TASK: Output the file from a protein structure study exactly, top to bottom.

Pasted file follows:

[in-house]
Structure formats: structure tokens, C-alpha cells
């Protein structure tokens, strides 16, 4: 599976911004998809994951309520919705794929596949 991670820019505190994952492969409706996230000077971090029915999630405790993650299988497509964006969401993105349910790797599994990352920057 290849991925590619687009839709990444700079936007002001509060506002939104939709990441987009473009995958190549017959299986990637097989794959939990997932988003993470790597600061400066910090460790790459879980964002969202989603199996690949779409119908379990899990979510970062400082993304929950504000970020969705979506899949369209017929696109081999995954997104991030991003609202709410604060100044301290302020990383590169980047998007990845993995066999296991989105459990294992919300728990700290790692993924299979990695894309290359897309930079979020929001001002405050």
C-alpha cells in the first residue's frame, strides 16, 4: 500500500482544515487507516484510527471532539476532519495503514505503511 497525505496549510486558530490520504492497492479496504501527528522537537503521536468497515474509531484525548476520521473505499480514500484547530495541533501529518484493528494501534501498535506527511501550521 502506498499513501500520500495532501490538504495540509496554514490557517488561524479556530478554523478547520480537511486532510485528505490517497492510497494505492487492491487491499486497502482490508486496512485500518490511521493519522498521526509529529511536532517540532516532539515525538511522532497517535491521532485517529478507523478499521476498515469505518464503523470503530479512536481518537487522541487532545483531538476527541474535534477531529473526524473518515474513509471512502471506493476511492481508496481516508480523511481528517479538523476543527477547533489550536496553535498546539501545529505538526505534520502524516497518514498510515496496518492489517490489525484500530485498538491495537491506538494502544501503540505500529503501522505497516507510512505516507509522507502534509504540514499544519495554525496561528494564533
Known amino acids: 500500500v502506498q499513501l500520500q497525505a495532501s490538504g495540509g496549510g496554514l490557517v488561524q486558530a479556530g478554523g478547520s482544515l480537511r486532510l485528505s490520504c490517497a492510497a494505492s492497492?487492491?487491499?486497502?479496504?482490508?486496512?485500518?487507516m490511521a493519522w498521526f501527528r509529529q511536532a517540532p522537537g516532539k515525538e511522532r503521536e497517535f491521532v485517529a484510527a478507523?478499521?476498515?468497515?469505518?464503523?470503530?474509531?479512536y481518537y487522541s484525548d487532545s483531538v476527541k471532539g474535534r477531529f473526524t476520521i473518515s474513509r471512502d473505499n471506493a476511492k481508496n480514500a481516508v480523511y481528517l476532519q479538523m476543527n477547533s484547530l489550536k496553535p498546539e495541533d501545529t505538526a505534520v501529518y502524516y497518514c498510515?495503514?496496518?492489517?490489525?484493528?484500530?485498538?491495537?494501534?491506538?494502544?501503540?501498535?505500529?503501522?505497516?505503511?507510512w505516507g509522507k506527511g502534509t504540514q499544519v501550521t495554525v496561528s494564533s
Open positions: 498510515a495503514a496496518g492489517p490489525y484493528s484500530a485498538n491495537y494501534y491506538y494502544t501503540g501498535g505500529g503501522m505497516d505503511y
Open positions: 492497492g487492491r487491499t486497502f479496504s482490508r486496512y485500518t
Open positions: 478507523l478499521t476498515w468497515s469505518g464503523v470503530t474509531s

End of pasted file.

[in-house]
Structure formats: structure tokens, C-alpha cells
């Protein structure tokens, strides 16, 4: 599976911004998809994951309520919705794929596949 991670820019505190994952492969409706996230000077971090029915999630405790993650299988497509964006969401993105349910790797599994990352920057 290849991925590619687009839709990444700079936007002001509060506002939104939709990441987009473009995958190549017959299986990637097989794959939990997932988003993470790597600061400066910090460790790459879980964002969202989603199996690949779409119908379990899990979510970062400082993304929950504000970020969705979506899949369209017929696109081999995954997104991030991003609202709410604060100044301290302020990383590169980047998007990845993995066999296991989105459990294992919300728990700290790692993924299979990695894309290359897309930079979020929001001002405050």
C-alpha cells in the first residue's frame, strides 16, 4: 500500500482544515487507516484510527471532539476532519495503514505503511 497525505496549510486558530490520504492497492479496504501527528522537537503521536468497515474509531484525548476520521473505499480514500484547530495541533501529518484493528494501534501498535506527511501550521 502506498499513501500520500495532501490538504495540509496554514490557517488561524479556530478554523478547520480537511486532510485528505490517497492510497494505492487492491487491499486497502482490508486496512485500518490511521493519522498521526509529529511536532517540532516532539515525538511522532497517535491521532485517529478507523478499521476498515469505518464503523470503530479512536481518537487522541487532545483531538476527541474535534477531529473526524473518515474513509471512502471506493476511492481508496481516508480523511481528517479538523476543527477547533489550536496553535498546539501545529505538526505534520502524516497518514498510515496496518492489517490489525484500530485498538491495537491506538494502544501503540505500529503501522505497516507510512505516507509522507502534509504540514499544519495554525496561528494564533
Known amino acids: 500500500v502506498q499513501l500520500q497525505a495532501s490538504g495540509g496549510g496554514l490557517v488561524q486558530a479556530g478554523g478547520s482544515l480537511r486532510l485528505s490520504c490517497a492510497a494505492s492497492?487492491?487491499?486497502?479496504?482490508?486496512?485500518?487507516m490511521a493519522w498521526f501527528r509529529q511536532a517540532p522537537g516532539k515525538e511522532r503521536e497517535f491521532v485517529a484510527a478507523?478499521?476498515?468497515?469505518?464503523?470503530?474509531?479512536y481518537y487522541s484525548d487532545s483531538v476527541k471532539g474535534r477531529f473526524t476520521i473518515s474513509r471512502d473505499n471506493a476511492k481508496n480514500a481516508v480523511y481528517l476532519q479538523m476543527n477547533s484547530l489550536k496553535p498546539e495541533d501545529t505538526a505534520v501529518y502524516y497518514c498510515?495503514?496496518?492489517?490489525?484493528?484500530?485498538?491495537?494501534?491506538?494502544?501503540?501498535?505500529?503501522?505497516?505503511?507510512w505516507g509522507k506527511g502534509t504540514q499544519v501550521t495554525v496561528s494564533s
Open positions: 498510515a495503514a496496518g492489517p490489525y484493528s484500530a485498538n491495537y494501534y491506538y494502544t501503540g501498535g505500529g503501522m505497516d505503511y
Open positions: 492497492g487492491r487491499t486497502f479496504s482490508r486496512y485500518t
Open positions: 478507523l478499521t476498515w468497515s469505518g464503523v470503530t474509531s